Roth's theorem has two universal quantifies, over irrational algebraic numbers $\alpha$ and over real $\epsilon>0$. Of course the theorem asserts in each instance that the inequality $$|\alpha-\frac{p}{q}|<\frac{1}{q^{2+\epsilon}}$$ has only finitely many solutions in integers $(p,q)$.

I seek confirmation (or not) for the following two historical claims:

Prior to Roth's paper...

1) the statement was not known to hold even for a single specific algebraic irrationality of degree $>2$ (but for all $\epsilon$);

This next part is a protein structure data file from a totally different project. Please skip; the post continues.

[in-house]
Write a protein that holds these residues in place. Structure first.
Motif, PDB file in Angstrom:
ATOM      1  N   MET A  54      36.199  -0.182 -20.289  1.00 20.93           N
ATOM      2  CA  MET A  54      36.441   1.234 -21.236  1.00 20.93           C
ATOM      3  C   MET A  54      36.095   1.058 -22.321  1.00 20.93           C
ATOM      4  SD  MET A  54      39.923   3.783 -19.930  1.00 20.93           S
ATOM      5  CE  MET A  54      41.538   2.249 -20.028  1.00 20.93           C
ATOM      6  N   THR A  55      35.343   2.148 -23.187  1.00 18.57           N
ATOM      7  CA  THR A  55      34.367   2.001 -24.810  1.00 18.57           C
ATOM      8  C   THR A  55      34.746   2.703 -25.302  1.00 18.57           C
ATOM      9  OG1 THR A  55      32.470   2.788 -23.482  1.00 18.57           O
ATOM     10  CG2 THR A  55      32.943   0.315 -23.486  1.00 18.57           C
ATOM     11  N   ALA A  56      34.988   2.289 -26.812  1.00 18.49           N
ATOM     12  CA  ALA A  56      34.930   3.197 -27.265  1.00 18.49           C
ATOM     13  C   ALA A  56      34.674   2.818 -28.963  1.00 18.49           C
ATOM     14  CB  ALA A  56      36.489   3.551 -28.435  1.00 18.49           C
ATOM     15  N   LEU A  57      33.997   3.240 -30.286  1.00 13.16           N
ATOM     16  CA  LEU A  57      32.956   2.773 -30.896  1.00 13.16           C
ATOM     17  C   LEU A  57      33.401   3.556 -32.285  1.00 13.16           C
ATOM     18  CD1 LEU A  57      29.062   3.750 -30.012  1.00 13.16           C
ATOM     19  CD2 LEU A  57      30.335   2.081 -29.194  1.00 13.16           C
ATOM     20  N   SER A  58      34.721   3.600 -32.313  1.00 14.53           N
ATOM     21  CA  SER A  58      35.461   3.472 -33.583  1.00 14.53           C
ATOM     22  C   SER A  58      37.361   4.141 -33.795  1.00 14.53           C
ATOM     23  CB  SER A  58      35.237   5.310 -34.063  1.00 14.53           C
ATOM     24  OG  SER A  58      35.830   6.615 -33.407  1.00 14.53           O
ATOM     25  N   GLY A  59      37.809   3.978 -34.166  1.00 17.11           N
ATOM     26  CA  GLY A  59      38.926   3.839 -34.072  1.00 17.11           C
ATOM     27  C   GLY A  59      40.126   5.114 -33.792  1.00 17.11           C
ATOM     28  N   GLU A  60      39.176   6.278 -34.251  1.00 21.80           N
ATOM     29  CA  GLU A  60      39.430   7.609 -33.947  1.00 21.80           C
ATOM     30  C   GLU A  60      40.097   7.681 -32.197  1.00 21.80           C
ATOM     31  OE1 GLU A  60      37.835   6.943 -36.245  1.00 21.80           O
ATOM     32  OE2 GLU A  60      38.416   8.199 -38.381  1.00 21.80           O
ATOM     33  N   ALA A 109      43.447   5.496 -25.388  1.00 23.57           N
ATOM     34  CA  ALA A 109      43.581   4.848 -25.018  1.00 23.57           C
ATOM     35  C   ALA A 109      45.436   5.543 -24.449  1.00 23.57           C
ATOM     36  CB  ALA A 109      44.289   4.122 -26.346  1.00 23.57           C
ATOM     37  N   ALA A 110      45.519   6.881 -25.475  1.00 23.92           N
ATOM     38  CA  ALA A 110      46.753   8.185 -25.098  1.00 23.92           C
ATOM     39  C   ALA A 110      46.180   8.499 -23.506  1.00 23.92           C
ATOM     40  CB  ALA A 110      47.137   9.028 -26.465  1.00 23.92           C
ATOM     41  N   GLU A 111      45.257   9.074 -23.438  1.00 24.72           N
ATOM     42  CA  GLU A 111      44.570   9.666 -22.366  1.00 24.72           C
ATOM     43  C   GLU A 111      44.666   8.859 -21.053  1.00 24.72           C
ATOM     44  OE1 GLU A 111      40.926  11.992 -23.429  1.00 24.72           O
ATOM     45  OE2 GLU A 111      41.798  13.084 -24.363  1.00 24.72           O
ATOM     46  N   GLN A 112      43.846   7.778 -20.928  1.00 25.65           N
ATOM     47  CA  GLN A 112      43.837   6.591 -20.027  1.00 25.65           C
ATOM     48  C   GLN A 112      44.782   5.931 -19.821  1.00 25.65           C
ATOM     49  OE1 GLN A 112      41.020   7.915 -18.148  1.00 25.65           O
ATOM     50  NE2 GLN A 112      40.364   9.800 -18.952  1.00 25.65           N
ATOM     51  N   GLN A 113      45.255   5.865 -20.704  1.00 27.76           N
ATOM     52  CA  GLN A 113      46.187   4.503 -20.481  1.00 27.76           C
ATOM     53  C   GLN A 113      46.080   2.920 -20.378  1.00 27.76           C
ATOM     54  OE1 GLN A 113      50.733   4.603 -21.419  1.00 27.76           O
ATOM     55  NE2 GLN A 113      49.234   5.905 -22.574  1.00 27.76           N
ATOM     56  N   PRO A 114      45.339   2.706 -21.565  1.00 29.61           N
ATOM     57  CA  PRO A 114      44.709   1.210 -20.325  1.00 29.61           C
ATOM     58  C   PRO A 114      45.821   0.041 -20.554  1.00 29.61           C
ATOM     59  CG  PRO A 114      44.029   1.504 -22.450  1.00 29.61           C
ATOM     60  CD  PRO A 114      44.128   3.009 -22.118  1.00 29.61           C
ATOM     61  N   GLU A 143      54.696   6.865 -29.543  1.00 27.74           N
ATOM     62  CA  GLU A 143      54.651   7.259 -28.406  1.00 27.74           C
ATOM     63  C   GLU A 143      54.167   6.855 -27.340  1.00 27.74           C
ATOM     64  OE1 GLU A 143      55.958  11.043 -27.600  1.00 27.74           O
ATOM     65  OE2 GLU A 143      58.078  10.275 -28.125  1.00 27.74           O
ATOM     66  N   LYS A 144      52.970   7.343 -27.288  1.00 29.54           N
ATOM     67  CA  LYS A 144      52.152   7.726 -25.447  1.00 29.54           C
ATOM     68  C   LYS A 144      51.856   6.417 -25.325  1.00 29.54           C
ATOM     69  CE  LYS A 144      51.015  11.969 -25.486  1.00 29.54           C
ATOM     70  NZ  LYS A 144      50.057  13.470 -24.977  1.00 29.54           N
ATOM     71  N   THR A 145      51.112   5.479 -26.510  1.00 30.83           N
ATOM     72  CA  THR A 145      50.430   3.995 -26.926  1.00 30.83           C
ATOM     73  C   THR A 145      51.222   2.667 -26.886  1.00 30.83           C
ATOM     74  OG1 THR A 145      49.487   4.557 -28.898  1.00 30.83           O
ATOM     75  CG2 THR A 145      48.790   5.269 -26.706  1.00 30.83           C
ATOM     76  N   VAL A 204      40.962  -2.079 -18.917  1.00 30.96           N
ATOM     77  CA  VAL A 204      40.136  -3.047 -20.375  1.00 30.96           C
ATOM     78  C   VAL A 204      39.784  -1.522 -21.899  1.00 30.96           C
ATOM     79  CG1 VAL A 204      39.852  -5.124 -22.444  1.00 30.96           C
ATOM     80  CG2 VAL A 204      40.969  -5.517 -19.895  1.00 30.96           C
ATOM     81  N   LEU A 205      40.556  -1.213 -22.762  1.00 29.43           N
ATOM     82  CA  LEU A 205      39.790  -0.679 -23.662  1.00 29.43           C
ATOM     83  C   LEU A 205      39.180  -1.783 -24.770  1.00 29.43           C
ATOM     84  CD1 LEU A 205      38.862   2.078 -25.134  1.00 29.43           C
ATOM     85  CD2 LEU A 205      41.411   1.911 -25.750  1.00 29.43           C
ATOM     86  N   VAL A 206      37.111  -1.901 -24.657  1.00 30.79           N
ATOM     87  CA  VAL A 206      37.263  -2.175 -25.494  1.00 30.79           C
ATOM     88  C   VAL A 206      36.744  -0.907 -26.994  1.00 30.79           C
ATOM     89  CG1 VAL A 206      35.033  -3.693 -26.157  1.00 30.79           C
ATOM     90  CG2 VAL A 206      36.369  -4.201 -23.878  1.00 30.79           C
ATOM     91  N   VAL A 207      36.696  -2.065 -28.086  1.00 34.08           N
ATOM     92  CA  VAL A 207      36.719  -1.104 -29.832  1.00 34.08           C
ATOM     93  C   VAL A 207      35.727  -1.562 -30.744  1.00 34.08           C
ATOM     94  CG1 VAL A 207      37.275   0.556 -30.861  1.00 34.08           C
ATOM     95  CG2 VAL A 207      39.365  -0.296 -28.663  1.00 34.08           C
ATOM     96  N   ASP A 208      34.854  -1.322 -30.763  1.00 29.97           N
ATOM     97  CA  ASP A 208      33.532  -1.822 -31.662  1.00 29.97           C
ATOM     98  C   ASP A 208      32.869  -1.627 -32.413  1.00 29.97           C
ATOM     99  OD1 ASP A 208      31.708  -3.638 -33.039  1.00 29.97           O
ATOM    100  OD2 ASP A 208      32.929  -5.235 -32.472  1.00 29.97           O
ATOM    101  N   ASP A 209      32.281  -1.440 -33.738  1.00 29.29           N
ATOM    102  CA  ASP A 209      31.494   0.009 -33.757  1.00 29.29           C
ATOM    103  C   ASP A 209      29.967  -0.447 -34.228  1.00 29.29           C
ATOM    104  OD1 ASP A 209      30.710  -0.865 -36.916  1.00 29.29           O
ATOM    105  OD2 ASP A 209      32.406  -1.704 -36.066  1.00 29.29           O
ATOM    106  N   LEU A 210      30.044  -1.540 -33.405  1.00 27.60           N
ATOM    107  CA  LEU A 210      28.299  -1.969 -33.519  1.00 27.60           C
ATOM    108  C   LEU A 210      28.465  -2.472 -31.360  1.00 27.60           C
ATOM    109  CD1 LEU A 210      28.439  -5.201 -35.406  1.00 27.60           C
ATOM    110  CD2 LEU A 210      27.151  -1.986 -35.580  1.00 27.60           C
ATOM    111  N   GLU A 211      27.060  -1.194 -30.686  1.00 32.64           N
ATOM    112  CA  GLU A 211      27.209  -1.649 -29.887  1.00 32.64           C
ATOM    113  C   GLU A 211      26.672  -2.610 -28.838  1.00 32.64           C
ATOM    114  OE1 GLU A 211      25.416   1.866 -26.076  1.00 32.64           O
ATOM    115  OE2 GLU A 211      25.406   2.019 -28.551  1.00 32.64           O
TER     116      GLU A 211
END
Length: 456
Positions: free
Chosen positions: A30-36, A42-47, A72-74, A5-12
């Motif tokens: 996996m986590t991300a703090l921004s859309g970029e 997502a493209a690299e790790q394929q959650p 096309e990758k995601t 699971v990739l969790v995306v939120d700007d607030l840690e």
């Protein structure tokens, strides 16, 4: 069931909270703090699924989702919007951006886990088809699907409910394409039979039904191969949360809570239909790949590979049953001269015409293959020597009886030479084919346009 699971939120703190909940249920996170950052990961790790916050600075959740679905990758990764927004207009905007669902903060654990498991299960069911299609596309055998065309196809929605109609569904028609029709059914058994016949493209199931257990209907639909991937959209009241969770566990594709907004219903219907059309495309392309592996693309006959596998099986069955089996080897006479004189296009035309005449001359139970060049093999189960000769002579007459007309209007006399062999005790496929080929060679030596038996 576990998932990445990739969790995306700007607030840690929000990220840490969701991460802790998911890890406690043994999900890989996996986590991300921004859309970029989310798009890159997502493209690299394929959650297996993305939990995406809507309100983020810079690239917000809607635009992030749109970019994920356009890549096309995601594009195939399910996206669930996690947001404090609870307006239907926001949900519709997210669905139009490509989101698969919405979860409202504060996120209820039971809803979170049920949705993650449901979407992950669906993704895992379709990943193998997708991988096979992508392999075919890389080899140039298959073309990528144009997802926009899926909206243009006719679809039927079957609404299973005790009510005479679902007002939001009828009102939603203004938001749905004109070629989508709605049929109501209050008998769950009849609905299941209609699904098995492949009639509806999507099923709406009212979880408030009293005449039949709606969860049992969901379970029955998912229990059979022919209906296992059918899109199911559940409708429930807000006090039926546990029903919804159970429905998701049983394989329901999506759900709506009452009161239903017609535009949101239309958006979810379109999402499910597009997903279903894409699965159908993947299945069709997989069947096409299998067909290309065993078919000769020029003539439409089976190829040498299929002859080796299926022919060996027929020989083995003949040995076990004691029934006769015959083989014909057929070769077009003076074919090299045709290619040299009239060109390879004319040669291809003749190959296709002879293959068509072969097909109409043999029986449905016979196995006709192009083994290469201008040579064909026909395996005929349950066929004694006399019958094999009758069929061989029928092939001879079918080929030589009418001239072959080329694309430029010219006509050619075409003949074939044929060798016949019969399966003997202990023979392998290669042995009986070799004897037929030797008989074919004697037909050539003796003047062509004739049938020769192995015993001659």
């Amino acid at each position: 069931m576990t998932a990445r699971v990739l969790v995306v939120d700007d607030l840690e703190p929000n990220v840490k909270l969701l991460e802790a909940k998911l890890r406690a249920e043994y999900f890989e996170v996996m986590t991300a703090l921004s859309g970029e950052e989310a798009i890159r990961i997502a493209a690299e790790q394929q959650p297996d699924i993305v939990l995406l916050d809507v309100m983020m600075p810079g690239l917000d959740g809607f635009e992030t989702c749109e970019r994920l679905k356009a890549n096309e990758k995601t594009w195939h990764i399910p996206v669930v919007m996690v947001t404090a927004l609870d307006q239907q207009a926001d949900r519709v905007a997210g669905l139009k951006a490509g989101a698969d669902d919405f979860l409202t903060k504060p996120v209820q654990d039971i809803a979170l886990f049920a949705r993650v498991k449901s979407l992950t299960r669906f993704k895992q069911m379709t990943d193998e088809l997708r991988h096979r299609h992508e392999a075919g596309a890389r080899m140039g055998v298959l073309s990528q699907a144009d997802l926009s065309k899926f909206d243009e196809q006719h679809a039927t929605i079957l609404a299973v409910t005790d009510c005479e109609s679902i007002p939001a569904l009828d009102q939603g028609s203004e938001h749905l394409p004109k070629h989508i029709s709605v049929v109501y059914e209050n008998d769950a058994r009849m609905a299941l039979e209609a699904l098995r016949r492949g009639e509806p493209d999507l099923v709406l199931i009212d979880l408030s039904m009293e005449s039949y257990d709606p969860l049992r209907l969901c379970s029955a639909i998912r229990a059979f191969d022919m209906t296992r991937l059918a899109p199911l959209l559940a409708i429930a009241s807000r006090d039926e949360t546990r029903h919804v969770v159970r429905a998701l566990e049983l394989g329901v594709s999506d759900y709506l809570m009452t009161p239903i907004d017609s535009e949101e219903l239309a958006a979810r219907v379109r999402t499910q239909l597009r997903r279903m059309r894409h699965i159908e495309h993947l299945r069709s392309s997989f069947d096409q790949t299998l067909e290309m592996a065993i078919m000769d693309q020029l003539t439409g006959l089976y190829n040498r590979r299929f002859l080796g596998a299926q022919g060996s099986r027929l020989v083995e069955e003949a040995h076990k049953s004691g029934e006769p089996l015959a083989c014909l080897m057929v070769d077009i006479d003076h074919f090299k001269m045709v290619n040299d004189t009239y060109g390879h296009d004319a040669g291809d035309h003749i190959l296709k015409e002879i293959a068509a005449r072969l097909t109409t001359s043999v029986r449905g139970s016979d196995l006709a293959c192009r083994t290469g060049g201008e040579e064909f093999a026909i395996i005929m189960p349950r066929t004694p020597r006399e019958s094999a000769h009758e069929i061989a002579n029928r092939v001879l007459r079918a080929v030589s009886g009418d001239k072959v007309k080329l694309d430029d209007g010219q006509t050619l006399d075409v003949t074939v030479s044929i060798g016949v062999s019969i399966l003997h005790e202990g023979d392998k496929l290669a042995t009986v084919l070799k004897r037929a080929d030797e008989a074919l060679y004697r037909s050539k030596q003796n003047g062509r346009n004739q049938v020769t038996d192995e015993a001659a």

2) the statement was not known to hold for single specific $\epsilon$ no matter how large (but for all $\alpha$).

The most famous precursors (Liouville--Thue--Siegel--Dyson) have $\epsilon$ depending on the degree of $\alpha$, so I feel pretty sure about 2), but less confident about 1).